From their paper, Kudlow and others describe that the impression predictor could be explained through indirect effects: Just by seeing a recommended paper, a user may be more likely to read it, save it, and cite it at some unspecified later date. To me, this seems highly speculative when there is a more direct explanation.
Preferential bias built into the algorithm
While we don’t know exactly how TrendMD’s recommender system works — it is essentially a black box — we know from the company that it includes three components: 1) keyword overlap between papers, 2) the reader’s clickstream history, and 3) the clickstream history of other readers.
However, neither #1 (keyword matching) nor #2 (reader’s clickstream) can explain the residual effects of link impressions or why higher impact journals received a stronger TrendMD effect. But #3 (community clickstream) can.
For analogy, consider a restaurant recommendation app on your phone that operates similarly to TrendMD. You search for “Thai food” and the recommendation algorithm finds kitchens in your vicinity that include words from the restaurant name (e.g. Taste of Thai, Bangkok Express) and menu choices (Pad Thai, Tom Yum, Pla Goong). The recommendation also knows that you search for Thai food regularly (who wouldn’t?). However, the recommendation system also weights your results based on what other users have searched and rated. When it comes to restaurants, users really want to know where other people dine and enjoy, which is why this component is featured so prominently on apps like Yelp. Recommendation drives traffic and traffic influences recommendation.
So, if TrendMD is recommending papers based on community clicks, it is recommending papers published in more popular, frequently-read, wide-distribution journals. Put another way, TrendMD is biased toward recommending papers from prestigious journals. To explain their results, Kudlow and others don’t need to speculate on what readers are doing when not using TrendMD; they simply need to look more closely at how their algorithm is working.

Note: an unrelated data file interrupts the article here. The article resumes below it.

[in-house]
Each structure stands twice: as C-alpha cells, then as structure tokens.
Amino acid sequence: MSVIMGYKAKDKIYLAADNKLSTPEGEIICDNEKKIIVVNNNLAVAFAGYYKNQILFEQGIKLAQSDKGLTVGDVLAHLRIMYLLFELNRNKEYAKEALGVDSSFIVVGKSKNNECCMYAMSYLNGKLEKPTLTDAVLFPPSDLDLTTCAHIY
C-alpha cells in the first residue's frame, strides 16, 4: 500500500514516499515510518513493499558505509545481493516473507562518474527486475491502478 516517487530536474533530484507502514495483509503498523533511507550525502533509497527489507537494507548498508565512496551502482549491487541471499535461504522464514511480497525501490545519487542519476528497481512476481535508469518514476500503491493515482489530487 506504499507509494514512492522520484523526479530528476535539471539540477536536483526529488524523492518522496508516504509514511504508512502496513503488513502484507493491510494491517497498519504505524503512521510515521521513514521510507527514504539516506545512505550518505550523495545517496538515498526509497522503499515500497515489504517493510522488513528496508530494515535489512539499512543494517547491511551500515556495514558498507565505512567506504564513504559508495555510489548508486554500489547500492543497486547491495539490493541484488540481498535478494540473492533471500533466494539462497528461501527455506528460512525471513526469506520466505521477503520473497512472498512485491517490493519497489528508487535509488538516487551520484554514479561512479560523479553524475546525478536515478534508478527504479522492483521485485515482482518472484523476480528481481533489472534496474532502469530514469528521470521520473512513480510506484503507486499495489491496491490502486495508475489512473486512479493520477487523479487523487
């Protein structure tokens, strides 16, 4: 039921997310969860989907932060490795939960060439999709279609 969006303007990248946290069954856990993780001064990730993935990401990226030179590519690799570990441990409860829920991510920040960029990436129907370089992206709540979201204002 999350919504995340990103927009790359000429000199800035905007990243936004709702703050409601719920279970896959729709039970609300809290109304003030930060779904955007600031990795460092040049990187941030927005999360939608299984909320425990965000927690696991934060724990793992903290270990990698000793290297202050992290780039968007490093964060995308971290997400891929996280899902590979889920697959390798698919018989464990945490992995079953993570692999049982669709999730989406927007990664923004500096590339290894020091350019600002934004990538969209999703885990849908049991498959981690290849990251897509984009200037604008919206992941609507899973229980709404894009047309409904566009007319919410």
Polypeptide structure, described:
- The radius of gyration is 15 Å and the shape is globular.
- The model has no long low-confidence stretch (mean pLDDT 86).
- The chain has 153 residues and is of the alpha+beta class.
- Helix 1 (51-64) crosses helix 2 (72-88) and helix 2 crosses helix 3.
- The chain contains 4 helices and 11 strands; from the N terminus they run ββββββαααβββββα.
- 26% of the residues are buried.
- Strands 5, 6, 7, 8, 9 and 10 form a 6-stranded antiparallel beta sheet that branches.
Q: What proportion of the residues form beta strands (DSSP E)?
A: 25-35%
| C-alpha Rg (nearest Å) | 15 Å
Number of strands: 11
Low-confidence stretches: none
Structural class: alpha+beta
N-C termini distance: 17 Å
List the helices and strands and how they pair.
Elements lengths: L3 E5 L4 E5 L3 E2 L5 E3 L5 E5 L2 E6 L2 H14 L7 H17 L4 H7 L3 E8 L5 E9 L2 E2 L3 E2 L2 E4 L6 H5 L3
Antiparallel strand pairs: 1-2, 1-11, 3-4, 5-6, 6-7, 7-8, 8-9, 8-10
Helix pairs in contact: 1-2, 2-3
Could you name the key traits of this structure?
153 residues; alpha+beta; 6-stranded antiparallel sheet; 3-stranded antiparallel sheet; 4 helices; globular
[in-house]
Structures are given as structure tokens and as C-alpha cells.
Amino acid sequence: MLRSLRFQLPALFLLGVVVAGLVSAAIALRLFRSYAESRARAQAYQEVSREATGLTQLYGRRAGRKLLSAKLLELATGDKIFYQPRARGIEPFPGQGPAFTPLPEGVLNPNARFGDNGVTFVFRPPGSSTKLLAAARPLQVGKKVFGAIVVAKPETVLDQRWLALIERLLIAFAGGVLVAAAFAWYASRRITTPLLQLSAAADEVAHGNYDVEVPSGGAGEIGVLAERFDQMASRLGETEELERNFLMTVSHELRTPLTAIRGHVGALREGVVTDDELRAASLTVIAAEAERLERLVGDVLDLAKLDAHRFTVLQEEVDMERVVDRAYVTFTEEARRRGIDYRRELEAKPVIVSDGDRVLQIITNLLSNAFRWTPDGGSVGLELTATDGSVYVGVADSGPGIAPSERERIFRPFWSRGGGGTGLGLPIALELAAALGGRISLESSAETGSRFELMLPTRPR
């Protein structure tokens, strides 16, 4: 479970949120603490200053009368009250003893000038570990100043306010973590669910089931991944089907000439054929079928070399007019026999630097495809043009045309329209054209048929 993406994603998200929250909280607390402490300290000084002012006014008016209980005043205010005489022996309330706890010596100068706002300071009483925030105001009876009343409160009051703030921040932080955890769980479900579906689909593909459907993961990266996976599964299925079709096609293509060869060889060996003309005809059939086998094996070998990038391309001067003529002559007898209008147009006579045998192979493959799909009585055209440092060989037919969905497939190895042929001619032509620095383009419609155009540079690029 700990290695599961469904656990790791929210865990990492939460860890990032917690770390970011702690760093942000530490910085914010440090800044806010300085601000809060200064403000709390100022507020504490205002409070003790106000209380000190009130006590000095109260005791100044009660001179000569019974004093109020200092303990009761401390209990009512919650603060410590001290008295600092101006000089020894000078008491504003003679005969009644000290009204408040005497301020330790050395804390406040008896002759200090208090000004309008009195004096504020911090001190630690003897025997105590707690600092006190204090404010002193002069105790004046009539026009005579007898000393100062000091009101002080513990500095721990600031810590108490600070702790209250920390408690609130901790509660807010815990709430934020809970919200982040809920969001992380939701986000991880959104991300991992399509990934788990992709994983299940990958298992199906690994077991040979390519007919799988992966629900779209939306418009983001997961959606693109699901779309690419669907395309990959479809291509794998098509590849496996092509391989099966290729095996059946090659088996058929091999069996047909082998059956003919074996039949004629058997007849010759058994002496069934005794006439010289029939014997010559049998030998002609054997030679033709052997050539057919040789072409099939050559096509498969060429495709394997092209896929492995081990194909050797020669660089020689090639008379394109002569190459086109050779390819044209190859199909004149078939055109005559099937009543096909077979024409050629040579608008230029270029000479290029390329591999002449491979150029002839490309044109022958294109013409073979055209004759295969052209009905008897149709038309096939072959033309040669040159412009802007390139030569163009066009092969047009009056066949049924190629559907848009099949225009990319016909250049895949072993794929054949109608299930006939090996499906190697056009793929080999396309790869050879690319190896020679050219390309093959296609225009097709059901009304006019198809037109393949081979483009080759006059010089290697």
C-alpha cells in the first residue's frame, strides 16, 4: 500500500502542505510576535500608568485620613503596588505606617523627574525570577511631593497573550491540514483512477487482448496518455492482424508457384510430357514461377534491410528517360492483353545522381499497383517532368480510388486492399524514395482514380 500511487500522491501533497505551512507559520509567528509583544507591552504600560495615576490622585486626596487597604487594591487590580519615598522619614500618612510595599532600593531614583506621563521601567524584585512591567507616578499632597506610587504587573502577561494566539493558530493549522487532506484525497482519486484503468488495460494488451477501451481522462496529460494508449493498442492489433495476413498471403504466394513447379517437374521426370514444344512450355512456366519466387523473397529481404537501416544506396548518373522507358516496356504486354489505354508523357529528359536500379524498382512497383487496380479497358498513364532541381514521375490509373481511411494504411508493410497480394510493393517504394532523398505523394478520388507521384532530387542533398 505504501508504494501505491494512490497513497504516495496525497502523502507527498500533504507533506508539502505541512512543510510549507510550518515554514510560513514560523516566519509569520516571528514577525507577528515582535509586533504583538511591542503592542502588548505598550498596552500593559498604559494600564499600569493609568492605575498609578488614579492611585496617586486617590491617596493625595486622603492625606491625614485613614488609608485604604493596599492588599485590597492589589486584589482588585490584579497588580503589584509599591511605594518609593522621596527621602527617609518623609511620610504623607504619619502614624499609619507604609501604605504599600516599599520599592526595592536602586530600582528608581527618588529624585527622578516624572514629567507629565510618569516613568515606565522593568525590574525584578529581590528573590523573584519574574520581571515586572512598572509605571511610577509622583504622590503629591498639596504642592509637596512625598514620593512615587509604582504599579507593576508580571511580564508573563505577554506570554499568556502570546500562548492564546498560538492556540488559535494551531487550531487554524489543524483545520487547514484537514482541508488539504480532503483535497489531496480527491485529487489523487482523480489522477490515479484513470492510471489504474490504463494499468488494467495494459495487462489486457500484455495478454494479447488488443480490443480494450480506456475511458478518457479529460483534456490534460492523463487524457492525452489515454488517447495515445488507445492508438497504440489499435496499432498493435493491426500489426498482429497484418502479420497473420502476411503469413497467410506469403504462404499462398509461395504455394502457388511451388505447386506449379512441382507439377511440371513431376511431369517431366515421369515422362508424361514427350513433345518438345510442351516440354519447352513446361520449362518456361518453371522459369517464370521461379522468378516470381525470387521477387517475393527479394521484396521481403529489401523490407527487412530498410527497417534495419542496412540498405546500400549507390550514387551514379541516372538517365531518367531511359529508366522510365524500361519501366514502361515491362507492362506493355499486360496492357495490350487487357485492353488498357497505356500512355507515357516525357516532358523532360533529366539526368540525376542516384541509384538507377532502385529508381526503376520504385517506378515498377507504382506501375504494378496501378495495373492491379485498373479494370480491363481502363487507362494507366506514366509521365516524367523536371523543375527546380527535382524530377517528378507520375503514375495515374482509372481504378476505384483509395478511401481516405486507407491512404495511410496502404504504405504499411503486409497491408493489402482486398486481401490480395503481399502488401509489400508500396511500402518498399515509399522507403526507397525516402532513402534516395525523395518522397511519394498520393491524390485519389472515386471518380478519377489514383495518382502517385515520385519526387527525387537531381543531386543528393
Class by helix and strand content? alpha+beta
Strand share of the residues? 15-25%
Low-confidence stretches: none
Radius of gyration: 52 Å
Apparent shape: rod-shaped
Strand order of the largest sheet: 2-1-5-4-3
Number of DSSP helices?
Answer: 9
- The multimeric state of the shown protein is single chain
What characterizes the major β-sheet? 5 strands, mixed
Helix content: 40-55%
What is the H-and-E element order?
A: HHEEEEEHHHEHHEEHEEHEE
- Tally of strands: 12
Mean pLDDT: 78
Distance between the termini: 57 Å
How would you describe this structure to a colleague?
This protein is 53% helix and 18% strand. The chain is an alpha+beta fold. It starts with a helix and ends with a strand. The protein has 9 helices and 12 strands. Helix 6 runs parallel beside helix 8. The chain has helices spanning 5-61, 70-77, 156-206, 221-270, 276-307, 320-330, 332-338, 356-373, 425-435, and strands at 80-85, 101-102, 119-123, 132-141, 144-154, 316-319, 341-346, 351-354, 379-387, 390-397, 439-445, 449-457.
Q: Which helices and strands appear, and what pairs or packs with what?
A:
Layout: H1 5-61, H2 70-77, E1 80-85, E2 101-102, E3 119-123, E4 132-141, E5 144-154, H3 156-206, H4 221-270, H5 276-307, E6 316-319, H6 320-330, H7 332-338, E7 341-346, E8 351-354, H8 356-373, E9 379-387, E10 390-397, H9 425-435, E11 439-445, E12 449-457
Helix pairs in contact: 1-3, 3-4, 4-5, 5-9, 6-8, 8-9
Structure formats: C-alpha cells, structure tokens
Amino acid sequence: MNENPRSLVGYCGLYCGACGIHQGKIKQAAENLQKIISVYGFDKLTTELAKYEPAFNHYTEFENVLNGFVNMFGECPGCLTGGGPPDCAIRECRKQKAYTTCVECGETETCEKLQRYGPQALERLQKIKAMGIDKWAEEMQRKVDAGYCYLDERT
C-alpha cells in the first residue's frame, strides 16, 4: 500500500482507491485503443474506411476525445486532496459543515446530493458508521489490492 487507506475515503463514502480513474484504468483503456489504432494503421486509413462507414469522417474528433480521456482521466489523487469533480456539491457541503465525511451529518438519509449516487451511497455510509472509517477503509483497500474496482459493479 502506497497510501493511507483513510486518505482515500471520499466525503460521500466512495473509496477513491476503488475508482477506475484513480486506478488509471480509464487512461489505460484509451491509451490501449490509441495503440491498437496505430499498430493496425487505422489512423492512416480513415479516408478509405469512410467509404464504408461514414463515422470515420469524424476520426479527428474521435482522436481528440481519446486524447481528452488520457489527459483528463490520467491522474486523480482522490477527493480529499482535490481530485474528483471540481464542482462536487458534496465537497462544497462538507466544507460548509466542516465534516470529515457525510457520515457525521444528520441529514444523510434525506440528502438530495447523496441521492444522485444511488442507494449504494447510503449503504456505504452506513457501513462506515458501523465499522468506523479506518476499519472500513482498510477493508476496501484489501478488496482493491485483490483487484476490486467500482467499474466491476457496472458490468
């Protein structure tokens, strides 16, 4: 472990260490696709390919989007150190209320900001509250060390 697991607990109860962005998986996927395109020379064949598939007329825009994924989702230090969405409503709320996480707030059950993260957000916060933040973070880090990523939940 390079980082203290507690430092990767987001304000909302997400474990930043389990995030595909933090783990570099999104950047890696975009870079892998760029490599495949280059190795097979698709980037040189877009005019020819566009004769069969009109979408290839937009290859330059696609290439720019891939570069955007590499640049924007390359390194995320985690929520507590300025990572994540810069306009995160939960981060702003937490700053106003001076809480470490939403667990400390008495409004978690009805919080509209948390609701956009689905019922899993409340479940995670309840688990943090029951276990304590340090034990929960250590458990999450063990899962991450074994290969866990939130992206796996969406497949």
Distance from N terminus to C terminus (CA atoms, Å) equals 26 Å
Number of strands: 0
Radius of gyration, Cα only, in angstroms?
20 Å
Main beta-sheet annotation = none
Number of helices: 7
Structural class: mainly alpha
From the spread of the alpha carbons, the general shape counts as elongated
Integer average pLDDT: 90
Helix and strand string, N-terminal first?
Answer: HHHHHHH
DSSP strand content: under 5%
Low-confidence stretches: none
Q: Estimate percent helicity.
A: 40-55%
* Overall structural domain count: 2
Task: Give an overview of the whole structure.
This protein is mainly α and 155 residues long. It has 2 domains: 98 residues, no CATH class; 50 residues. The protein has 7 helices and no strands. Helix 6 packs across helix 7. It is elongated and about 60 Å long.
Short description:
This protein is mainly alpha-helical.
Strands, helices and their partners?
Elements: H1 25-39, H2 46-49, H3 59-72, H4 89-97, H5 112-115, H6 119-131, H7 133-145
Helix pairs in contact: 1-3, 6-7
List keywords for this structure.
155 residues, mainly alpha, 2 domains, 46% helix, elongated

After reanalyzing a subset of TrendMD’s dataset, I am still confident in the efficacy of this product: It appears to work, just more moderately than reported by the company. Nevertheless, most media companies would be thrilled with an effectiveness of 17%, as studies of the effect of social media on readership and citations report few (if any) effects.
Placed in context, TrendMD may have developed a highly effective tool for driving traffic to relevant content. What makes it different from other products with recommendation systems (PubMed, Scopus, Web of Science, ProQuest, EBSCO, among others) is that TrendMD operates from within the content itself, obviating the need for keeping readers engaged in a large siloed platform. This platform-neutral model allows TrendMD to grow organically and, in theory, benefit from scaled network effects. TrendMD also allows customers to actively promote their content in the recommendations, similar to paid search ads showing up within Google’s organic results or sponsored product recommendations on Amazon. Publishers should take interest, only cautiously and skeptically.
This is my own recommendation.